Recall that Barack Obama told voters on the campaign trail not to boo when he mentioned Mitt Romney’s name but “to vote for revenge.”
He was appealing to the lowest common denominator in people: the desire to blame others for their woes. Instead of inspiring Americans to reach for their higher ideals or to, as President Abraham Lincoln might phrase it, their “better angels,” he relied on the views of those people who inspired him – Jeremiah Wright and Saul Alinsky.
Wright put the blame for much of what ails the world on “white man’s greed” that ran a “world in need”. He did not mourn 9/11 but almost celebrated the tragedy as the “chickens coming home to roost.” America was getting its just desserts for poisoning the world with our foreign policy.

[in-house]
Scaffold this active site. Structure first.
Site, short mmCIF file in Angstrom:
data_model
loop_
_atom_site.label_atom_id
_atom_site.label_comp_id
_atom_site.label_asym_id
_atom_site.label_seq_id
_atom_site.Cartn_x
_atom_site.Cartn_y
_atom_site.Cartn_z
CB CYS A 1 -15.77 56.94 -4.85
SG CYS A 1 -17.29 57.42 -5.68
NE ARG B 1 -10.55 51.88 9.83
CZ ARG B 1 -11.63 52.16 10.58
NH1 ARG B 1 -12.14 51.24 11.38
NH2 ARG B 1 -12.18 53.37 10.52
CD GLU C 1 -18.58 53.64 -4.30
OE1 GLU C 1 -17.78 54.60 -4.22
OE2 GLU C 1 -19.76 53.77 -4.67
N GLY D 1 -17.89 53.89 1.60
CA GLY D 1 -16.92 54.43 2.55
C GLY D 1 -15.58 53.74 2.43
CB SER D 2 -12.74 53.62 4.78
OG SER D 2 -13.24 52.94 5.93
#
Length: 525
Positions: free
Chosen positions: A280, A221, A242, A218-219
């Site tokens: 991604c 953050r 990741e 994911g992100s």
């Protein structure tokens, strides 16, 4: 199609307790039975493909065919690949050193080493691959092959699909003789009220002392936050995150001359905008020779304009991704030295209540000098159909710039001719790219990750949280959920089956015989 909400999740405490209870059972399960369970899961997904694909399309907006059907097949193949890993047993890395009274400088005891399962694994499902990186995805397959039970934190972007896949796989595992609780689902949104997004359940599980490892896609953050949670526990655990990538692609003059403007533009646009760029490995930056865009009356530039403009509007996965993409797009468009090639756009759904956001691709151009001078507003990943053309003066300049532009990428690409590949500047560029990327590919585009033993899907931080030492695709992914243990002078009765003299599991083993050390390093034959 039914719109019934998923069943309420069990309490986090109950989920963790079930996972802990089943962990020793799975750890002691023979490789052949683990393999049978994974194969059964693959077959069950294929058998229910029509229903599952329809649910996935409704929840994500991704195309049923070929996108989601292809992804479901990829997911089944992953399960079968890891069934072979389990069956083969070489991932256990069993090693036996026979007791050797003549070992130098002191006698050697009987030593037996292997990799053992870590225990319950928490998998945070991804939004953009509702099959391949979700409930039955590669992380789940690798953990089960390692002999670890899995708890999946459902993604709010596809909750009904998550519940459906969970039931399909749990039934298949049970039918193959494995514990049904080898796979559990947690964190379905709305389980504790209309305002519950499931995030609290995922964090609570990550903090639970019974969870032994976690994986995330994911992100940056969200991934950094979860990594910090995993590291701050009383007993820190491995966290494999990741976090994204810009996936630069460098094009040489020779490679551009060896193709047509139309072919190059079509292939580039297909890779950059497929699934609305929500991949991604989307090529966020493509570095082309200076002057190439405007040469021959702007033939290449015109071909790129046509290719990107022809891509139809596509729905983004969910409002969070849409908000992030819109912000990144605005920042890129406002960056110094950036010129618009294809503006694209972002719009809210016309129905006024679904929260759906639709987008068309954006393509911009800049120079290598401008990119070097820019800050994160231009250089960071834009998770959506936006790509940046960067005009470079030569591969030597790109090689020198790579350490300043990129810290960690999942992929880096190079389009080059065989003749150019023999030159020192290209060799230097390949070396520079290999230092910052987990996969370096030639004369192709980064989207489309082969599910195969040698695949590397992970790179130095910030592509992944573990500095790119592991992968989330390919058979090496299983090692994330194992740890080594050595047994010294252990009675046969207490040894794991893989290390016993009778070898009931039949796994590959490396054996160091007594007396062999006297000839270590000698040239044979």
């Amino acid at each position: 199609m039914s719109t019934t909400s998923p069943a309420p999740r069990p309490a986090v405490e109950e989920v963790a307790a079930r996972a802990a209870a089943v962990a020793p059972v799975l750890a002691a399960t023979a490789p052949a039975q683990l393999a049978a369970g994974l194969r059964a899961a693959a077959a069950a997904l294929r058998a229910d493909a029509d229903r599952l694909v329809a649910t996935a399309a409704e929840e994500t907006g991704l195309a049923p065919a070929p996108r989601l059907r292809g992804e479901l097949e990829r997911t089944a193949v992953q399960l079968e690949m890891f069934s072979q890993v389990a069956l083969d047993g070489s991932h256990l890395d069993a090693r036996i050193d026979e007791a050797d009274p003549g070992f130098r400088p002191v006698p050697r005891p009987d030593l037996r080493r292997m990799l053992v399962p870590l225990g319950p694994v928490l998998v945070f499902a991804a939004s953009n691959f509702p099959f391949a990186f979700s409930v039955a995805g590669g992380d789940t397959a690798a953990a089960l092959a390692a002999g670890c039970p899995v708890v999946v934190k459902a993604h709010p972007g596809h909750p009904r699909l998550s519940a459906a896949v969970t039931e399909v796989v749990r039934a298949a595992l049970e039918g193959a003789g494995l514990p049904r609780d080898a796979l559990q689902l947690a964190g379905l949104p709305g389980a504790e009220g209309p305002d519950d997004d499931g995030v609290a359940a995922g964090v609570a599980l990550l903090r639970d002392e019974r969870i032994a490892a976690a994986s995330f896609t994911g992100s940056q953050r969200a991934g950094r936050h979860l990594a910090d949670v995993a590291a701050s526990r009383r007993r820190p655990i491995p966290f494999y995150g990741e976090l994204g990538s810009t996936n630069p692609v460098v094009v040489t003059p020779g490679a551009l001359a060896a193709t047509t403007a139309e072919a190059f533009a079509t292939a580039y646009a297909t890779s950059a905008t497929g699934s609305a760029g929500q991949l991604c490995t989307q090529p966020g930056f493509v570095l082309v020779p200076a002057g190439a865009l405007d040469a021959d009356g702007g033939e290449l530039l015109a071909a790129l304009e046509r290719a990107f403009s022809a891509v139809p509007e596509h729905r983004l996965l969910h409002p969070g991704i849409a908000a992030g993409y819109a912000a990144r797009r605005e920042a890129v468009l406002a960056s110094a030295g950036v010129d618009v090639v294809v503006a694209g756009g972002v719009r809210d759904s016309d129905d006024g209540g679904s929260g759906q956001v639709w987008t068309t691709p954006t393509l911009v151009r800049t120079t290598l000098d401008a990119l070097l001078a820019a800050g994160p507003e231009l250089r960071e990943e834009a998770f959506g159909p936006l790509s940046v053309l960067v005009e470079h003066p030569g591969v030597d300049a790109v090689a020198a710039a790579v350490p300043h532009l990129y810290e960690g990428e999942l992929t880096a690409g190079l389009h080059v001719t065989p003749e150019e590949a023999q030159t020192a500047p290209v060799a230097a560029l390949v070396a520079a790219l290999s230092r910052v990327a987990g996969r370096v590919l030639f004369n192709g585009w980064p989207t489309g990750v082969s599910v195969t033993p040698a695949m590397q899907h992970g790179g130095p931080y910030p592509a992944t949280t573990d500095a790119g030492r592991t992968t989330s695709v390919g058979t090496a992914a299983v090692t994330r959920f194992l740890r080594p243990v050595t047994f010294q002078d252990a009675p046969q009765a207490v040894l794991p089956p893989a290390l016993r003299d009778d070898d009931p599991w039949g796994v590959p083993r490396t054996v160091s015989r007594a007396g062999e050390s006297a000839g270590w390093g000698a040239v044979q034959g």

Alinsky counseled those seeking power to nurse a sense of grievance and to “pick the target, freeze it, personalize it and polarize it” to generate support among the masses. His campaign slogan might as well have been that of Slinky: “The despair is there; now it’s up to us to go in and rub raw the sores of discontent, galvanize them for radical social change.”